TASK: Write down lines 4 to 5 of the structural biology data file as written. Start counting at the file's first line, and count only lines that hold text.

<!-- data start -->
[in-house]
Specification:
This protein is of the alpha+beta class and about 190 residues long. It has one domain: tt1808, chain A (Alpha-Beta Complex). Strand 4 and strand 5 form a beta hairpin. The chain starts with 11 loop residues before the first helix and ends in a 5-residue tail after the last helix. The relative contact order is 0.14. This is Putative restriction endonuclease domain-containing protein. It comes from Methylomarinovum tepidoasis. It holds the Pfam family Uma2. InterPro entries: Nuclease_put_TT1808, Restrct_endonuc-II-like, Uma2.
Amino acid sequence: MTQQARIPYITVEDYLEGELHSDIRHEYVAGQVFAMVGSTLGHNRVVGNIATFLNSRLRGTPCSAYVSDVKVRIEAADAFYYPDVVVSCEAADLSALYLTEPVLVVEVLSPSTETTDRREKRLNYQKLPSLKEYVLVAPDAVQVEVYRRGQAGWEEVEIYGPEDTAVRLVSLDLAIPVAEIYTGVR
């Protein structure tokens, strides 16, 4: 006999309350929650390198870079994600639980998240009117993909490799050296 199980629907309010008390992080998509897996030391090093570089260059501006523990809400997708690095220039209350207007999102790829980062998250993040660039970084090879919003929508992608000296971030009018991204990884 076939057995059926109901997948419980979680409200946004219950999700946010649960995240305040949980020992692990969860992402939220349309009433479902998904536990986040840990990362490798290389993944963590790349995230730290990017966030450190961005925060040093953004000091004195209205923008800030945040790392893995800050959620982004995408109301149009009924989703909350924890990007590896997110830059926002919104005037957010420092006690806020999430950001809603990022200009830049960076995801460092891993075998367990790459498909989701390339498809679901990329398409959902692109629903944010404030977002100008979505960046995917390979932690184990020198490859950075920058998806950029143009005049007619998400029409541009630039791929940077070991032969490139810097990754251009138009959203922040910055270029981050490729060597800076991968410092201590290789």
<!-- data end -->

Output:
Amino acid sequence: MTQQARIPYITVEDYLEGELHSDIRHEYVAGQVFAMVGSTLGHNRVVGNIATFLNSRLRGTPCSAYVSDVKVRIEAADAFYYPDVVVSCEAADLSALYLTEPVLVVEVLSPSTETTDRREKRLNYQKLPSLKEYVLVAPDAVQVEVYRRGQAGWEEVEIYGPEDTAVRLVSLDLAIPVAEIYTGVR
């Protein structure tokens, strides 16, 4: 006999309350929650390198870079994600639980998240009117993909490799050296 199980629907309010008390992080998509897996030391090093570089260059501006523990809400997708690095220039209350207007999102790829980062998250993040660039970084090879919003929508992608000296971030009018991204990884 076939057995059926109901997948419980979680409200946004219950999700946010649960995240305040949980020992692990969860992402939220349309009433479902998904536990986040840990990362490798290389993944963590790349995230730290990017966030450190961005925060040093953004000091004195209205923008800030945040790392893995800050959620982004995408109301149009009924989703909350924890990007590896997110830059926002919104005037957010420092006690806020999430950001809603990022200009830049960076995801460092891993075998367990790459498909989701390339498809679901990329398409959902692109629903944010404030977002100008979505960046995917390979932690184990020198490859950075920058998806950029143009005049007619998400029409541009630039791929940077070991032969490139810097990754251009138009959203922040910055270029981050490729060597800076991968410092201590290789």